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Inspired by Her Family’s Hustle, This South Gate Latina Quit Her Job to Pursue Her Love of Baking Chocoflan: ‘I Have It In My Blood’

2:53 PM PDT on March 31, 2022

    Life is truly all about taking risks and not knowing if things will work out or if your new venture will flourish into something bigger than anything you expected. This became extremely clear in 2020 in 2021 when it seemed as though the pandemic either put many things into perspective for people or pushed many into taking risks by pursuing their passion. 

    For Evelyn Barillas from South Gate, it was both an “it's about time” moment and a need for extra income after she left her 9 to 5 job. At the time, she was working with special needs students both in schools and at home, but due to the rise of COVID-19 causing school closures, she began to lose work and hope. So after much convincing from her sister, she did the unexpected. 

    “I decided just to quit, which we don't do in my family, and we don't just quit. It was the first time that I prioritized myself,” said Barillas as she sat in her kitchen. “I quit and focused full-on on baking, and my sister created the page. I ordered the stickers, got my merch, and started selling.”

    That’s how Chocoflancitos Evelyn was born. What started as simply baking chocoflanes for the family turned into creating a dessert for all to enjoy. For four months, she focused solely on growing her business and survived off of her chocoflan sales before finding the job she has now. Where she works as an inclusion coordinator, creating educational plans for teachers to be able to better include students who fall under the autism and special needs spectrum. But the chocoflan baking did not stop. It became clear that it was not just a side hustle; it was a passion she intended to invest in.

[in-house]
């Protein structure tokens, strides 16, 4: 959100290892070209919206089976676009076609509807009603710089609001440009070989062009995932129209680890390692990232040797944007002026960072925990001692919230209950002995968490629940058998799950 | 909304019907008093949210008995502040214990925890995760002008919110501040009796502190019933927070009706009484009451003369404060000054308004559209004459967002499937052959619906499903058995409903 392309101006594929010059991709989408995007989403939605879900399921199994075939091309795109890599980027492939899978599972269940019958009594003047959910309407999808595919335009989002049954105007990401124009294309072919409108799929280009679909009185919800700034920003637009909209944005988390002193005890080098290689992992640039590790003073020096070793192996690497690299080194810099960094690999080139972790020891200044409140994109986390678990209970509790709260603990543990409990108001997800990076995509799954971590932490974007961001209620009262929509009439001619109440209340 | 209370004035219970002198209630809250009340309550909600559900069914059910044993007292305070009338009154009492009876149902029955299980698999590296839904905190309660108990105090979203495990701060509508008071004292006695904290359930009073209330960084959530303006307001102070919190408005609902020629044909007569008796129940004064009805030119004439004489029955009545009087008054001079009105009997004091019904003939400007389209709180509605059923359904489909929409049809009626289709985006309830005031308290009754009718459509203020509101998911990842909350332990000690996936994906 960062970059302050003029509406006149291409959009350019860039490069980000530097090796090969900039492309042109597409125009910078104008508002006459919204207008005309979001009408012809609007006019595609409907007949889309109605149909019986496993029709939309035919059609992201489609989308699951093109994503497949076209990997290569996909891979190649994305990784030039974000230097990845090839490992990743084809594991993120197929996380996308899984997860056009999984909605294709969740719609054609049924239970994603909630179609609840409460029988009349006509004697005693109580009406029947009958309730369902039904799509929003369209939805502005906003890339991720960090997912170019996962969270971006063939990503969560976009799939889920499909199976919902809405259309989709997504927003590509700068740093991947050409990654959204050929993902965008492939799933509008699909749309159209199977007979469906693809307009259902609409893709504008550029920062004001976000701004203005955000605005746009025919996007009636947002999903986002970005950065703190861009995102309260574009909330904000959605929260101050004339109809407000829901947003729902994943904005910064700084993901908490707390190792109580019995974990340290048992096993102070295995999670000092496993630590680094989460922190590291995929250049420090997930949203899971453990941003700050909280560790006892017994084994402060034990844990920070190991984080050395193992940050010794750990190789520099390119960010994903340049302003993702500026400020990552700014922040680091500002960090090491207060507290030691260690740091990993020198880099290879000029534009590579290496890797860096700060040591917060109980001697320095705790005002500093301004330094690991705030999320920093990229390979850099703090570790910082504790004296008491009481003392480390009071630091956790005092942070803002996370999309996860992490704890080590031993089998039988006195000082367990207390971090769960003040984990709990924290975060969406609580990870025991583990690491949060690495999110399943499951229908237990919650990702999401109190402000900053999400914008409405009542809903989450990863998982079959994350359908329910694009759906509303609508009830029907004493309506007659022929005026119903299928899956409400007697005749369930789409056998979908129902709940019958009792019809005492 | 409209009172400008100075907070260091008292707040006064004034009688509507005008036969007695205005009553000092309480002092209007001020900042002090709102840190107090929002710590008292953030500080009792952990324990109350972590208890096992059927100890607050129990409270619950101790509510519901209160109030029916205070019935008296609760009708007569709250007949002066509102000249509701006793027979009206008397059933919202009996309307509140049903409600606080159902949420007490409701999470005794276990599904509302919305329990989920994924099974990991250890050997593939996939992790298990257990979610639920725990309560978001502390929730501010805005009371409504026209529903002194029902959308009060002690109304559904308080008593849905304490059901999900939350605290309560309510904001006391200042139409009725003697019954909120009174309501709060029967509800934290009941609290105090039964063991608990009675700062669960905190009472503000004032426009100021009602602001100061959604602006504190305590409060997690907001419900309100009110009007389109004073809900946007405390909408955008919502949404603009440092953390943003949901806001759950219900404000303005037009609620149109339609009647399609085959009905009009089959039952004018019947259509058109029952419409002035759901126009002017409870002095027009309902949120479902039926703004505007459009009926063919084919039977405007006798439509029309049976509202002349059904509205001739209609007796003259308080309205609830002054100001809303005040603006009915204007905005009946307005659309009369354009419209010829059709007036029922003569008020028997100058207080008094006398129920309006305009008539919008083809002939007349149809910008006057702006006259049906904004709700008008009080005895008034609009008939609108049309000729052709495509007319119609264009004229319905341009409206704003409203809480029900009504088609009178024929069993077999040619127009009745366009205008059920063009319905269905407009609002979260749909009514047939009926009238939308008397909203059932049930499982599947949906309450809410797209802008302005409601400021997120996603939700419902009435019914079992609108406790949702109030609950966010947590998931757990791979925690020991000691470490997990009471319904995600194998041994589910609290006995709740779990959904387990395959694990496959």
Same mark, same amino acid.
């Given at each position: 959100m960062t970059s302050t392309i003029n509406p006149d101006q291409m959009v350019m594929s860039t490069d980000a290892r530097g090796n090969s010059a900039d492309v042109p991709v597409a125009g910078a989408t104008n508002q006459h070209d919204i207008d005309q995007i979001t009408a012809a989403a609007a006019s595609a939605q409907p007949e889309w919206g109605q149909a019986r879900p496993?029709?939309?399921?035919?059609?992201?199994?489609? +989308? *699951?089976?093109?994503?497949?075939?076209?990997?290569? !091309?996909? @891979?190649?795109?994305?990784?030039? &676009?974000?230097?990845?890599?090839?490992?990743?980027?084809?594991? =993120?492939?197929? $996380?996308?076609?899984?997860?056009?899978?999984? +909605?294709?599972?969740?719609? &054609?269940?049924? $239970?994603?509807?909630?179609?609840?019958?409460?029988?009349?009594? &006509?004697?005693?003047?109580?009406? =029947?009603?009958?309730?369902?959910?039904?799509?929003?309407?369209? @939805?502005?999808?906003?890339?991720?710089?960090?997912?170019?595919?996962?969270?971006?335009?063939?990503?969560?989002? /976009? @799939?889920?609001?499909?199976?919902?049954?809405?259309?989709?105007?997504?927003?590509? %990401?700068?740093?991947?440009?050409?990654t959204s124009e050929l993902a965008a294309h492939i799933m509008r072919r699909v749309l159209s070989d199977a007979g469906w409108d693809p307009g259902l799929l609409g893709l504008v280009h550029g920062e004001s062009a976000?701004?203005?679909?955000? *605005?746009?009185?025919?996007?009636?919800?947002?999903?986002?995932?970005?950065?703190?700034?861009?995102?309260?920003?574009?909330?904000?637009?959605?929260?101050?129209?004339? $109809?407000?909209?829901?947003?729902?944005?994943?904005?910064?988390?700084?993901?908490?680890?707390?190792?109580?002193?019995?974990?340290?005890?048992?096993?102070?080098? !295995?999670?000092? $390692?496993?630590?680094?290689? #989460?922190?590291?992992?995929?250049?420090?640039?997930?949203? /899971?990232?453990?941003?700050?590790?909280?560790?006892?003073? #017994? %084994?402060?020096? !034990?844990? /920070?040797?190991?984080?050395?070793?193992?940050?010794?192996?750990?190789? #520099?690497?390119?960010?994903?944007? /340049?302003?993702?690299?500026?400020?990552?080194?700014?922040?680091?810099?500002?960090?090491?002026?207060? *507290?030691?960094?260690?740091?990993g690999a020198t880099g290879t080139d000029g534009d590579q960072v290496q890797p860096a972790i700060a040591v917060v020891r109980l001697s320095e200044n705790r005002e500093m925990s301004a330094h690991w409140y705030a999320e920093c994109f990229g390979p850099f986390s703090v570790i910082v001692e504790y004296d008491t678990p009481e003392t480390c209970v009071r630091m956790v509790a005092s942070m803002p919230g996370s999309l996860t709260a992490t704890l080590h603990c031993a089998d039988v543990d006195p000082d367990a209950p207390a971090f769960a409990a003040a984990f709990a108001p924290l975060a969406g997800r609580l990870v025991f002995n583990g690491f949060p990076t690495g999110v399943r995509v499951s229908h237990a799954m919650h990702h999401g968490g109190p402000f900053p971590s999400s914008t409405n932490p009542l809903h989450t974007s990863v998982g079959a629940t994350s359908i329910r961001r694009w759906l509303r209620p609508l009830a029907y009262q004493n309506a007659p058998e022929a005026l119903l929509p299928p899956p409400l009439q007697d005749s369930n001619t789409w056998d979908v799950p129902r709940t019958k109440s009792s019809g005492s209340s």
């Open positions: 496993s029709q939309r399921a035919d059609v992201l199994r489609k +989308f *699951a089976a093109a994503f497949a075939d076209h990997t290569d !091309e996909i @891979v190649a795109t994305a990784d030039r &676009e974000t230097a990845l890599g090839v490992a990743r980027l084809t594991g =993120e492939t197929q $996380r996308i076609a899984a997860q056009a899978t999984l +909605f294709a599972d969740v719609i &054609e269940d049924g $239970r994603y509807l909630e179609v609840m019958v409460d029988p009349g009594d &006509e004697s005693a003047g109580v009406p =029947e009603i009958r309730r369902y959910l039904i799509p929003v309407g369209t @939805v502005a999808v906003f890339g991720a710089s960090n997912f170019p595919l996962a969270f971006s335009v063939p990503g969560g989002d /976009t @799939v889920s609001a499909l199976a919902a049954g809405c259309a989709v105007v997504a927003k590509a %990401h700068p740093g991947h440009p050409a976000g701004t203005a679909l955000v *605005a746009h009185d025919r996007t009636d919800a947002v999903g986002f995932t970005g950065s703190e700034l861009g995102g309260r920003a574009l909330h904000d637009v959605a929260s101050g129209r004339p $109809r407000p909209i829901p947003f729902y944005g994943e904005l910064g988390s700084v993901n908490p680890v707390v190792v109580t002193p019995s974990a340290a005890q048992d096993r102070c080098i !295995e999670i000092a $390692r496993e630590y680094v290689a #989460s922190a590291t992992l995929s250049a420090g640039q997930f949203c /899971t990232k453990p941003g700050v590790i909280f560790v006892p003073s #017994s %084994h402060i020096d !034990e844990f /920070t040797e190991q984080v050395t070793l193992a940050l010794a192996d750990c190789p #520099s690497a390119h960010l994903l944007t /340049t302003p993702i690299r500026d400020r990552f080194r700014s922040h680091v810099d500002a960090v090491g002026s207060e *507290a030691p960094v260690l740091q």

“Regardless of how many hours I work in my day job or how tired I am, baking is such a stress reliever for me,” she said. “Seeing people enjoy my dessert makes me so happy I am so lucky my sister encouraged me to sell them because here I am now, selling them year-round.”

    Chocoflancito's prized chocoflan.
    Chocoflancito's prized chocoflan. Photo by Janette Villafana for L.A. TACO.

    The 28-year-old sells her mouth-watering individual chocoflanes and party-sized ones via her Instagram account and at community pop-up events. As for her chocoflanes, one thing is for sure they are never dry, and it’s a detail she takes pride in. There’s no room for any pan seco (dry bread) on her menu. Every chocoflan is moist, the flan itself is so creamy. It almost melts in your mouth, and the sweetness is mild and never overpowering. The Huntington Park native and South Gate resident offers a variety of flavors, from the classic chocolate flavor to more experimental flavors like strawberry, banana bread, carrot, and coco (coconut). It’s important to note that all flavors are not only inspired by each of her family members, but any flavor she experiments with has to be approved by them. “If my family approves it, it goes on the menu,” she said.